if infection is present

How are kidney stones diagnosed?

To determine if you have kidney stones, imaging of the urinary tract will be required including:

  • X-ray
  • Ultrasound kidneys and bladder
  • IVU (intravenous urogram)
  • CT scan (computerised tomography) – this is the gold standard for detection of kidney stones as it can pick up very small stones

Additional tests may include:

  • Blood tests to detect the amount of calcium and uric acid in your blood.
  • Urine tests, involving a 24-hour urine collection, to measure urine volume and levels of chemicals in the urine that can cause the stones.

Do kidney stones require treatment?

Treatment varies for kidney stones depending on your symptoms, health and the size and location of the stone.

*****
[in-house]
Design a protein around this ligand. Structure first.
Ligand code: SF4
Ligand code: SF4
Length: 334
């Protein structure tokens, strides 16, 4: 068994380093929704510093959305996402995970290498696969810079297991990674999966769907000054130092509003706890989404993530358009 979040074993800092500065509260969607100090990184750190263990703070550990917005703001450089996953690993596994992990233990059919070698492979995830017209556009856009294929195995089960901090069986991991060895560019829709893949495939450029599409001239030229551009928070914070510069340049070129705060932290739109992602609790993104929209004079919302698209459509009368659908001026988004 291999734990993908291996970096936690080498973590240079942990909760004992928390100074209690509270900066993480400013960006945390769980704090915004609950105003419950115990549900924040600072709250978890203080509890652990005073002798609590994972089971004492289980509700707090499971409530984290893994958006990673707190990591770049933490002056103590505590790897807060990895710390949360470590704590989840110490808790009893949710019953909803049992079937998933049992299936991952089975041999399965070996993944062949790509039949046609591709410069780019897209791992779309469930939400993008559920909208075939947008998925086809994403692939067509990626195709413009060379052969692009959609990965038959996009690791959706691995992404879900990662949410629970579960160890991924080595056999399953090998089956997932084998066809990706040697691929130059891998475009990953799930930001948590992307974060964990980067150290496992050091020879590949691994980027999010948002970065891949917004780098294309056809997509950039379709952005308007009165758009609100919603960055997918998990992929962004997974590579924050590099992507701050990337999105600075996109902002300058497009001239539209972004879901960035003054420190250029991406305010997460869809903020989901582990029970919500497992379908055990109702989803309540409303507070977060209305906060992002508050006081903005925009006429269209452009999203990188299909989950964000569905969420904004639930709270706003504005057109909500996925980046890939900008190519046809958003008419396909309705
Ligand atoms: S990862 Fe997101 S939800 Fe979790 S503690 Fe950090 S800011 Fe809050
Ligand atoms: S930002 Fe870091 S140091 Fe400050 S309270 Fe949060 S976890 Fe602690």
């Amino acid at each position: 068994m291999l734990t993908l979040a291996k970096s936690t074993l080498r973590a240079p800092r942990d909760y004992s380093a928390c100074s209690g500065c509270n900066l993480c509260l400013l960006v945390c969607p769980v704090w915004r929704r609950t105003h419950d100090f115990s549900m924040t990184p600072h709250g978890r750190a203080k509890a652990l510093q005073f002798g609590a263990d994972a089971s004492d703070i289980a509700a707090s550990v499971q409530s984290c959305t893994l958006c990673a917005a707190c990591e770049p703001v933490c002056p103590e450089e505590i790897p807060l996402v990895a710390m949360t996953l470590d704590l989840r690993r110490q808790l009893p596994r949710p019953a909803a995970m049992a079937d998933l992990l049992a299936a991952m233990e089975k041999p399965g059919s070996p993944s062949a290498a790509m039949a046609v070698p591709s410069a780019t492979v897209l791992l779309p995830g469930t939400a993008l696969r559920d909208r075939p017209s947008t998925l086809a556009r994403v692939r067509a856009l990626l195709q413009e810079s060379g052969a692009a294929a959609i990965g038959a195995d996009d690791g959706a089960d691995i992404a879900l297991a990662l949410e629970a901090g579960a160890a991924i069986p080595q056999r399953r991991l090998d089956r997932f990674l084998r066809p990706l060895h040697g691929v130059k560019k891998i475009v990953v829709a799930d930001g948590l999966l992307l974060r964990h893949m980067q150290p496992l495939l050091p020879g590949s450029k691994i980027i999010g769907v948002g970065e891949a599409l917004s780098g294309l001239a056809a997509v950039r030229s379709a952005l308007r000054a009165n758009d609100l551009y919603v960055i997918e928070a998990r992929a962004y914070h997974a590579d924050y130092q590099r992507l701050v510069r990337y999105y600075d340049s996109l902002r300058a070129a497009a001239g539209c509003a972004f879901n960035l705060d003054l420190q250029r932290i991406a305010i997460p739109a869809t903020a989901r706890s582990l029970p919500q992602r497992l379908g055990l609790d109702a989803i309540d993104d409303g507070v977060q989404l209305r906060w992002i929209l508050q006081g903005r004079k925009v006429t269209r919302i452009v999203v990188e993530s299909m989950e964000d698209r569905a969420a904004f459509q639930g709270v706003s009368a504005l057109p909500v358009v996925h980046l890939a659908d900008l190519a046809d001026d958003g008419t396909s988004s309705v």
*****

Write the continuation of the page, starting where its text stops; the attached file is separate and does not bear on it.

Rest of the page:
Most kidney stones do not require invasive treatment.

For most small kidney stones, management includes:

  • Drinking plenty of water (at least 2-3 litres a day) to flush out the stone
  • Pain relief medications, if required
  • Medication to assist in stone expulsion may be given. This medication relaxes the muscles in the ureter and will help you pass the kidney stone quickly and with less pain.

For larger stones, options for treatment include:

  • Medication – To help break down the stones, the type of medication given will depend on the type of stone.
  • Extracorporeal shock wave lithotripsy (ESWL) – A non-invasive procedure where ‘shock waves’ are used to break up stones into small pieces, which will then be passed out in the urine over the next few days.